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It had been a cold, wet and windswept Wednesday on the prairies of Portage County, so cold and wet that by 3 in the afternoon dairy cows stood inline at barn doors waiting to be let in out of the rain.
The following morning, however, the sky cleared, and succeeding days, the first greening days of the Wisconsin spring, fairly implored us to be up and about before dawn. Tramping across the Buena Vista marshland and sand plain, orchestrated by lark and killdeer and winnowing snipe, would have been justification enough. Watching hundreds of chattering geese northbound in a wobbly V would have, too. But Drs. Fred and Fran Hamerstrom and members of an extraordinary organization known as the Society of Tympanuchus Cupido Pinnatus, Ltd. had an even better reason: the prairie chickens (pinnated grouse) were beginning to boom.
Prairie chickens (Tympanuchus etc. translated into English), which everyone has heard of but few have seen, stage a courtship ritual distinguished by some of the most colorful pageantry in all of nature. This booming, as it is called, is a haunting sound more characteristic of the ritual than the other whoops, hoots, crows, cackles and supercoos the bird emits and is a strong evocation of the nearly vanished prairie. To see these singular creatures trot over a swale at false dawn, picket off' territories on blue grass and native blue stem, dance a curious Charleston, fight scores of real and mock battles after puffing up bright orange eyebrows and air sacs is to see the prairie as it must have been when Francis Parkman rode the Oregon Trail in 1846.
And no one has a better right to enjoy this spectacle than the remarkable Hamerstroms, among the world's foremost authorities on grouse and certainly the most colorful. They, with the irreplaceable aid of the society and the Prairie Chicken Foundation, are responsible for survival of the prairie chicken east of the Mississippi—and probably elsewhere.
Despite the magnitude of that job, perhaps the Hamerstroms' most important achievement has been inspiring the formation of the Tympanuchus Society. Some $500,000 and more than 8,500 acres have been given for cover lands, and in six short years the society has contributed over half of that. Its means of doing so have enormous significance for all conservation work, for three reasons. First, the society—although national in scope—represents a remarkable percentage of the power structure of Milwaukee and the rest of Wisconsin. Three hundred thirty-three members are presidents or board chairmen of corporations ranging from Jos. Schlitz Brewing Company to the Wrought Washer Mfg. Co. Second, it minimizes local opposition by not taking land off tax rolls. It simply leases acreage to the state for chicken management. Third, and best, the society has firmly attached an aura of fun and social status to conservation. That image is attracting cash with an alacrity never attained by long-faced doom-crying. Just a year after the society's 1961 founding, for notable example, foreign competition forced out of business a huge adjacent grass-seed farm on whose existence the entire project had depended. Instead of conceding disaster, the society quickly and cheerfully committed itself to spending $110,000 for all 3,005 acres. It looked almost easy.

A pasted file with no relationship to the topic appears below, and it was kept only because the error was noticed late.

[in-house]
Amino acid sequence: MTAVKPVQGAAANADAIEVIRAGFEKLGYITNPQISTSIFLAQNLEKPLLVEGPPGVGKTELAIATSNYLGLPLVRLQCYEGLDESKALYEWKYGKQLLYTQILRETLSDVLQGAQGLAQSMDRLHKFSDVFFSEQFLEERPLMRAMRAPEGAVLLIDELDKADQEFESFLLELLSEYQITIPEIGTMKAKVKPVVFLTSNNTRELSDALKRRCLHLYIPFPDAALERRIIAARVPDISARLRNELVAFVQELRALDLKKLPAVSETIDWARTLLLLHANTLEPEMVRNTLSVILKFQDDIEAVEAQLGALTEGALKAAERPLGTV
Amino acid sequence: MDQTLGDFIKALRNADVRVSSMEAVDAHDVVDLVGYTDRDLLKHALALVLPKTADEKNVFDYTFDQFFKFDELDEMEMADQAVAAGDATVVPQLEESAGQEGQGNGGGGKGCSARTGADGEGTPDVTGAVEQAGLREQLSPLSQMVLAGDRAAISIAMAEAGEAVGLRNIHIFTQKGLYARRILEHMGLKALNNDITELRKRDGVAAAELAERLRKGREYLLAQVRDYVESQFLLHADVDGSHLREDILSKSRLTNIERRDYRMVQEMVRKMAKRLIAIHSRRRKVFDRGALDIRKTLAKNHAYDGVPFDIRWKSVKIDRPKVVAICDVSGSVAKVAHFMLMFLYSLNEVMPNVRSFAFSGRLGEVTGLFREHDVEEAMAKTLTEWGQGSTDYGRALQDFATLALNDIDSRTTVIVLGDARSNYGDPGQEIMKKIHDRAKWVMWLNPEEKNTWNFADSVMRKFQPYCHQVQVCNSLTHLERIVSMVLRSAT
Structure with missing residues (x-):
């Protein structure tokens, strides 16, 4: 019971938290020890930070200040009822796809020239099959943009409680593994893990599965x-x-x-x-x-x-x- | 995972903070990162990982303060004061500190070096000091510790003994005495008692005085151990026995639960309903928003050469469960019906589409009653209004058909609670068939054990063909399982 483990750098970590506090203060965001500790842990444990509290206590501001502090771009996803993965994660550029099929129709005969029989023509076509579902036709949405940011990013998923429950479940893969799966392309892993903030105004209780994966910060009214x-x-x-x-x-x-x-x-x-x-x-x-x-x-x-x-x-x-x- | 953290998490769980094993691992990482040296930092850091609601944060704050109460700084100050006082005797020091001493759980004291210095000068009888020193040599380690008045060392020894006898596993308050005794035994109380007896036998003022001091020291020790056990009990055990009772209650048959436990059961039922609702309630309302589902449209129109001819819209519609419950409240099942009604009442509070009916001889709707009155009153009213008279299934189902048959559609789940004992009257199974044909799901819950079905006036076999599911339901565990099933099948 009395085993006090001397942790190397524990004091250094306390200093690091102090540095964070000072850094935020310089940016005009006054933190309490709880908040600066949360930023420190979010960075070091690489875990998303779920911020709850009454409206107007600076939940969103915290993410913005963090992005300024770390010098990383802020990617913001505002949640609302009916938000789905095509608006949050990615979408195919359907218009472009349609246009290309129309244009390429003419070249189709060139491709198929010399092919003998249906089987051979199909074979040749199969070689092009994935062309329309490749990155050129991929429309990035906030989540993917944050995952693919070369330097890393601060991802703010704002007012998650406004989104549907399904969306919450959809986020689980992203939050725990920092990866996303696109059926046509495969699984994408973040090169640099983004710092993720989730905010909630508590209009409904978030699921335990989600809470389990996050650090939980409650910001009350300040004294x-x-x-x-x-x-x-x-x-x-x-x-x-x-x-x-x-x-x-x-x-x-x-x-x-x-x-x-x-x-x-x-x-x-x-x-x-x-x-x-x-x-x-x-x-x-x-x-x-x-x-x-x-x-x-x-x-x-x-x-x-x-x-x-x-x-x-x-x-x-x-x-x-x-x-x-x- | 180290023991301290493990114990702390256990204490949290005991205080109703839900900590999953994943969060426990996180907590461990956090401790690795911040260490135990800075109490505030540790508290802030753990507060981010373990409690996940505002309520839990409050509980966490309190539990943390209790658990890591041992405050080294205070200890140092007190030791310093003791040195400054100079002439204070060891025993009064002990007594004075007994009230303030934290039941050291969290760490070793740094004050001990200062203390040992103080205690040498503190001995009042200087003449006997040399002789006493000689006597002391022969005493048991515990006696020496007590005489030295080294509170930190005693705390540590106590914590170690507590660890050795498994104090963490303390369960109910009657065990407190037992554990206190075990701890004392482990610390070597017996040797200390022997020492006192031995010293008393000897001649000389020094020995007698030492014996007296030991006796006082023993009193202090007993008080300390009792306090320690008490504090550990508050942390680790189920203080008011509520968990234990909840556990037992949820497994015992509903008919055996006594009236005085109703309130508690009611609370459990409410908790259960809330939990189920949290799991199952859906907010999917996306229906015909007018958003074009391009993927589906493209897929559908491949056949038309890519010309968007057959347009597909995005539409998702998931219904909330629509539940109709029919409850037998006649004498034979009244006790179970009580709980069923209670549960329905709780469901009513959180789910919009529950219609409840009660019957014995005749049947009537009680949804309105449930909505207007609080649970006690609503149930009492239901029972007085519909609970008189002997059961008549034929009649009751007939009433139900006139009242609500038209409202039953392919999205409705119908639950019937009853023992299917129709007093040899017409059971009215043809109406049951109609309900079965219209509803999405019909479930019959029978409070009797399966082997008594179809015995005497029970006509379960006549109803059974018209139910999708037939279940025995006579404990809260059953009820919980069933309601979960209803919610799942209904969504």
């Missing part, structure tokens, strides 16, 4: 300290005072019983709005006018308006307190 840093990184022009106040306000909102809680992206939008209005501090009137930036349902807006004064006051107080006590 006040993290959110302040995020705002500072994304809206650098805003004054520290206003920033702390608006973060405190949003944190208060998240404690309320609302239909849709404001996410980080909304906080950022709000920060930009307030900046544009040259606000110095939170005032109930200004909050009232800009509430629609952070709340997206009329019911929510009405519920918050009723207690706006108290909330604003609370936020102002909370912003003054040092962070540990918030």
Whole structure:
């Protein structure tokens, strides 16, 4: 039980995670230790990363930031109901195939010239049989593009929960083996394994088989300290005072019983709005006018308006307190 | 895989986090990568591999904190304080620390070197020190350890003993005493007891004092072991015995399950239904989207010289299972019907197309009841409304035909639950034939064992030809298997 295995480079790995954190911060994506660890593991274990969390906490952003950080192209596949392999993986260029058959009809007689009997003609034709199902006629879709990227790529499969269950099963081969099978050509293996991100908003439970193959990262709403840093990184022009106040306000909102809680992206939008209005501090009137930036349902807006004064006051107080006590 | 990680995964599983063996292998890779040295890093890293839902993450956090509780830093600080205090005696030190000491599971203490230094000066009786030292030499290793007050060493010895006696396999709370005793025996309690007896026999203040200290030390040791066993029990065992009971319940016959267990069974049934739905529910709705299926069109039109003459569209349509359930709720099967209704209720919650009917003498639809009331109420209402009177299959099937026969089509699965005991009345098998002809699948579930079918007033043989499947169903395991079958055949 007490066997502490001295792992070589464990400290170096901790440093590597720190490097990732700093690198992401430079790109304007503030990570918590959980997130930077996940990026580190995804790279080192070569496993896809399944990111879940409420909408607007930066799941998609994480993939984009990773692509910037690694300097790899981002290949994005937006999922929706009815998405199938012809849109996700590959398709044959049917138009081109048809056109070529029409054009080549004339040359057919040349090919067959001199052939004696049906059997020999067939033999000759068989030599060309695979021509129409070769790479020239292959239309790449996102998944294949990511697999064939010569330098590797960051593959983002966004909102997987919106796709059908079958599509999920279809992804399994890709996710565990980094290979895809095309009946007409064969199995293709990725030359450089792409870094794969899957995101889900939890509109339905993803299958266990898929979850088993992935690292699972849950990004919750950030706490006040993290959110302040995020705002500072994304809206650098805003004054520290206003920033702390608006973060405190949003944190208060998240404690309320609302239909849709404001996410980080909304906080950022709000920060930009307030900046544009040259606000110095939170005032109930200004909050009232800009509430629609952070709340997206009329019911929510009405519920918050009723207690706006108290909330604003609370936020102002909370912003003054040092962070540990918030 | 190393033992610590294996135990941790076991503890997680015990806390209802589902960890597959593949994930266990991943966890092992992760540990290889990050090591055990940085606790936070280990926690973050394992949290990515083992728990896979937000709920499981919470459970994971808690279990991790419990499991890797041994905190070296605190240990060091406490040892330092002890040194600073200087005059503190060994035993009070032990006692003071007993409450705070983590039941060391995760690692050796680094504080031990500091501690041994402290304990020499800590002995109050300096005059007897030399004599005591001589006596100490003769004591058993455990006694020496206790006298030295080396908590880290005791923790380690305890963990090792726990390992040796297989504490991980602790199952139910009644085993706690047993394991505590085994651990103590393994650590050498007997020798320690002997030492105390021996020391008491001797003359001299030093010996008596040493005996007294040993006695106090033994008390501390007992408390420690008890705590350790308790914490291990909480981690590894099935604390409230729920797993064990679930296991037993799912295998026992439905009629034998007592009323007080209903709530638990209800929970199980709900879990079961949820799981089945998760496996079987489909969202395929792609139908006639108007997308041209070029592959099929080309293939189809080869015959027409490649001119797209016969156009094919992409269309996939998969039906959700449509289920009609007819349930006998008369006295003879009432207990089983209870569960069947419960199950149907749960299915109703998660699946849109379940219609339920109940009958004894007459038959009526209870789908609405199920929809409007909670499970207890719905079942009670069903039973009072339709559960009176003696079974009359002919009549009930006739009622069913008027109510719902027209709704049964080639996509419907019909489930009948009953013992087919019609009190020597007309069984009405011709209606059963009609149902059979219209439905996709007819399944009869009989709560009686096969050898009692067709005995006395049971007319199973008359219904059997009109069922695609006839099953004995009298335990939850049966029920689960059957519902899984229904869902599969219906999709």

But what really draws the Beautiful People of Milwaukee (besides the merits of the prairie chicken itself) is, one suspects, fascination with the Hamerstroms, the project biologists, and their way of life.
The Hamerstroms, to begin with, have lived for 18 years in a big, old, magnificently weathered house—part Charles Addams and part baronial manor—whose construction was interrupted by the Civil War and never wholly completed. (The bare-lathed ballroom on which the boys were working just before leaving for battle now serves as shelter for dozens and scores of volunteer bird watchers in sleeping bags.) "The first time our children—then 6 and 8—saw the house was when we moved in," Fran Hamerstrom relates, "and it was night. You can imagine how it looked to them. We gave each a candle and, dressed in long white nightdresses, they explored all the odd staircases and empty rooms."
No lesser setting would suffice for the Hamerstroms, who are stamped from no common die. Fred Hamerstrom is a gray-bearded but young-looking patriarch whose appearance and manner at all times suggest both Commander Whitehead and Santa Claus. Fran (pronounced Frahn) crosses the stronger qualities of a younger Margaret Rutherford and a sculptor's representation of indomitable Britannia. Daughter Elva has worked summers at the lion exhibit in a children's zoo, and son John delighted in informing Harvard classmates that his mother customarily drove a telephone repairman's truck and his father was a professional bird watcher.
Lack of central heating and plumbing ("the only thing that flushes anywhere near the Hamerstrom house is grouse") suits this family fine. It is with genuine relish that they boil water to bathe in tin tubs ("Achtung!" a sign warns. "Bath in progress") and stoke huge ornate nickel-and-cast-iron stoves wrought with rampant sea serpents.
Quite routinely, a visitor will break off his admiration of these stoves to inspect one of several enormous horned owls realistically mounted on random transoms and bookcases. Just as the guest is about to compliment the taxidermy, an owl blinks, swivels its head and flies off to another perch. The current owls-in-residence are Ambrose and Zuleika (named for Max Beerbohm's heroine).